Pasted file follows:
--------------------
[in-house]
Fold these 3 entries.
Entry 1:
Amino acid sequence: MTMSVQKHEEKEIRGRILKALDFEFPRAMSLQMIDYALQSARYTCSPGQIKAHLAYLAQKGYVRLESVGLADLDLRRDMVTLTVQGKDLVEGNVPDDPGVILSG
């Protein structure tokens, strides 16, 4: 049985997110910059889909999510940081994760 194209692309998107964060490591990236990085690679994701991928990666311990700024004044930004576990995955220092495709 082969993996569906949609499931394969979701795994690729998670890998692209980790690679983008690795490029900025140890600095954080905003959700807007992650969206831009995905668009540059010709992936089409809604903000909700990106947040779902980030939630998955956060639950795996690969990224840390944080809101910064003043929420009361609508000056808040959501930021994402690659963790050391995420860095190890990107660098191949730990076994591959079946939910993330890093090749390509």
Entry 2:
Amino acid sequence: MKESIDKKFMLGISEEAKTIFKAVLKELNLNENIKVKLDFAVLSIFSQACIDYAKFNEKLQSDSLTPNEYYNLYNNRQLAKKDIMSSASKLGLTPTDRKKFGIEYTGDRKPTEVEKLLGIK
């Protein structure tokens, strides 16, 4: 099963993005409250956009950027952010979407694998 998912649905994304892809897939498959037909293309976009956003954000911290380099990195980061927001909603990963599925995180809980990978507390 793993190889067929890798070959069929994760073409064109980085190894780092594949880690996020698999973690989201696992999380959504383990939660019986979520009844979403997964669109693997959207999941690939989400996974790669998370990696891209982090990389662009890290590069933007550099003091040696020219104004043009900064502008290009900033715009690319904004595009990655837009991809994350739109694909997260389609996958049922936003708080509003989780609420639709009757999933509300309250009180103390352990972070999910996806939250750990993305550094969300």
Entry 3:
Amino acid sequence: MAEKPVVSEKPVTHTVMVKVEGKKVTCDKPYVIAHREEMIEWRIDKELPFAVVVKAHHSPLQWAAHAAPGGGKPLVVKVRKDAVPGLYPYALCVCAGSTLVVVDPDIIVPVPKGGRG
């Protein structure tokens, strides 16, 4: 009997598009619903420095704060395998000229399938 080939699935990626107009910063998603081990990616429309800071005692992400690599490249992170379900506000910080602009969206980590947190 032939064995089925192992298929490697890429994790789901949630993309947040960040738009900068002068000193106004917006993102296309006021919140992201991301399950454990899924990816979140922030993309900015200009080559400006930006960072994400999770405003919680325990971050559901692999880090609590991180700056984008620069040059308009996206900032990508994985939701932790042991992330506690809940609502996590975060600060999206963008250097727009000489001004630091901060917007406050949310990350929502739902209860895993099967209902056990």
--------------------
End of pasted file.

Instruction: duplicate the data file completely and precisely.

[in-house]
Fold these 3 entries.
Entry 1:
Amino acid sequence: MTMSVQKHEEKEIRGRILKALDFEFPRAMSLQMIDYALQSARYTCSPGQIKAHLAYLAQKGYVRLESVGLADLDLRRDMVTLTVQGKDLVEGNVPDDPGVILSG
């Protein structure tokens, strides 16, 4: 049985997110910059889909999510940081994760 194209692309998107964060490591990236990085690679994701991928990666311990700024004044930004576990995955220092495709 082969993996569906949609499931394969979701795994690729998670890998692209980790690679983008690795490029900025140890600095954080905003959700807007992650969206831009995905668009540059010709992936089409809604903000909700990106947040779902980030939630998955956060639950795996690969990224840390944080809101910064003043929420009361609508000056808040959501930021994402690659963790050391995420860095190890990107660098191949730990076994591959079946939910993330890093090749390509």
Entry 2:
Amino acid sequence: MKESIDKKFMLGISEEAKTIFKAVLKELNLNENIKVKLDFAVLSIFSQACIDYAKFNEKLQSDSLTPNEYYNLYNNRQLAKKDIMSSASKLGLTPTDRKKFGIEYTGDRKPTEVEKLLGIK
């Protein structure tokens, strides 16, 4: 099963993005409250956009950027952010979407694998 998912649905994304892809897939498959037909293309976009956003954000911290380099990195980061927001909603990963599925995180809980990978507390 793993190889067929890798070959069929994760073409064109980085190894780092594949880690996020698999973690989201696992999380959504383990939660019986979520009844979403997964669109693997959207999941690939989400996974790669998370990696891209982090990389662009890290590069933007550099003091040696020219104004043009900064502008290009900033715009690319904004595009990655837009991809994350739109694909997260389609996958049922936003708080509003989780609420639709009757999933509300309250009180103390352990972070999910996806939250750990993305550094969300």
Entry 3:
Amino acid sequence: MAEKPVVSEKPVTHTVMVKVEGKKVTCDKPYVIAHREEMIEWRIDKELPFAVVVKAHHSPLQWAAHAAPGGGKPLVVKVRKDAVPGLYPYALCVCAGSTLVVVDPDIIVPVPKGGRG
């Protein structure tokens, strides 16, 4: 009997598009619903420095704060395998000229399938 080939699935990626107009910063998603081990990616429309800071005692992400690599490249992170379900506000910080602009969206980590947190 032939064995089925192992298929490697890429994790789901949630993309947040960040738009900068002068000193106004917006993102296309006021919140992201991301399950454990899924990816979140922030993309900015200009080559400006930006960072994400999770405003919680325990971050559901692999880090609590991180700056984008620069040059308009996206900032990508994985939701932790042991992330506690809940609502996590975060600060999206963008250097727009000489001004630091901060917007406050949310990350929502739902209860895993099967209902056990």